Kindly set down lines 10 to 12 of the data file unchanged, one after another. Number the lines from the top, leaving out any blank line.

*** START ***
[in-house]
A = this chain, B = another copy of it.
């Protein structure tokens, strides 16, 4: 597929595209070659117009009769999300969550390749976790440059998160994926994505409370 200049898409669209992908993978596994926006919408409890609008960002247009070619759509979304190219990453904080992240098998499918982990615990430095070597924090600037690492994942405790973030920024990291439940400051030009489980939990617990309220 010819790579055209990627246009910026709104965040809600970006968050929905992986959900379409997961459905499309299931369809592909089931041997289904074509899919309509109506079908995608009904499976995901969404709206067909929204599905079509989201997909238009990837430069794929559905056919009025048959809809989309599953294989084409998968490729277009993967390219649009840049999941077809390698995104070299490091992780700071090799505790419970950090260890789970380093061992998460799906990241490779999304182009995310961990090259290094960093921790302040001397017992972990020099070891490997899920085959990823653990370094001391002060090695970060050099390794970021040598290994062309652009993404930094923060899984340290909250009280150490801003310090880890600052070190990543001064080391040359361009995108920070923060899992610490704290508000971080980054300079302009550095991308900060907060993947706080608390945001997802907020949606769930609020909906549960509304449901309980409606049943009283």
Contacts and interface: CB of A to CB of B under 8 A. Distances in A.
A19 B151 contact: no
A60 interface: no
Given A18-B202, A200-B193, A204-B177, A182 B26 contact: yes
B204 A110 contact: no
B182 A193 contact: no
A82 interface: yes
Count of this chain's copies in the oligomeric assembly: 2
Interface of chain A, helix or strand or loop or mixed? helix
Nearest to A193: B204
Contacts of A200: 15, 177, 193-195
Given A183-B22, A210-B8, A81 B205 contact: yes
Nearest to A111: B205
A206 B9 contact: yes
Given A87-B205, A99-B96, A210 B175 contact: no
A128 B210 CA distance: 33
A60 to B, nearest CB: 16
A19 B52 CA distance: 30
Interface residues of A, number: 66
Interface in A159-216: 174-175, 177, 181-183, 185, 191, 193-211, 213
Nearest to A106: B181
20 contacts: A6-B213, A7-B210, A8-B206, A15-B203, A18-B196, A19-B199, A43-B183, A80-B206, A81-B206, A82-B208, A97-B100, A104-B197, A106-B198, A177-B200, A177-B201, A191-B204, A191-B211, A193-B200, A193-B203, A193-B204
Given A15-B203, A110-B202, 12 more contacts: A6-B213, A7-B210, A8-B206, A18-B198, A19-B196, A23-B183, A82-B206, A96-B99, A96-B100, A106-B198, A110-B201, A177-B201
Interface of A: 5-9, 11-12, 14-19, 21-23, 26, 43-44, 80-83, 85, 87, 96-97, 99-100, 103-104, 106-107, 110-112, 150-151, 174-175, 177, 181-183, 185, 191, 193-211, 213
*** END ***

A82 interface: yes
Count of this chain's copies in the oligomeric assembly: 2
Interface of chain A, helix or strand or loop or mixed? helix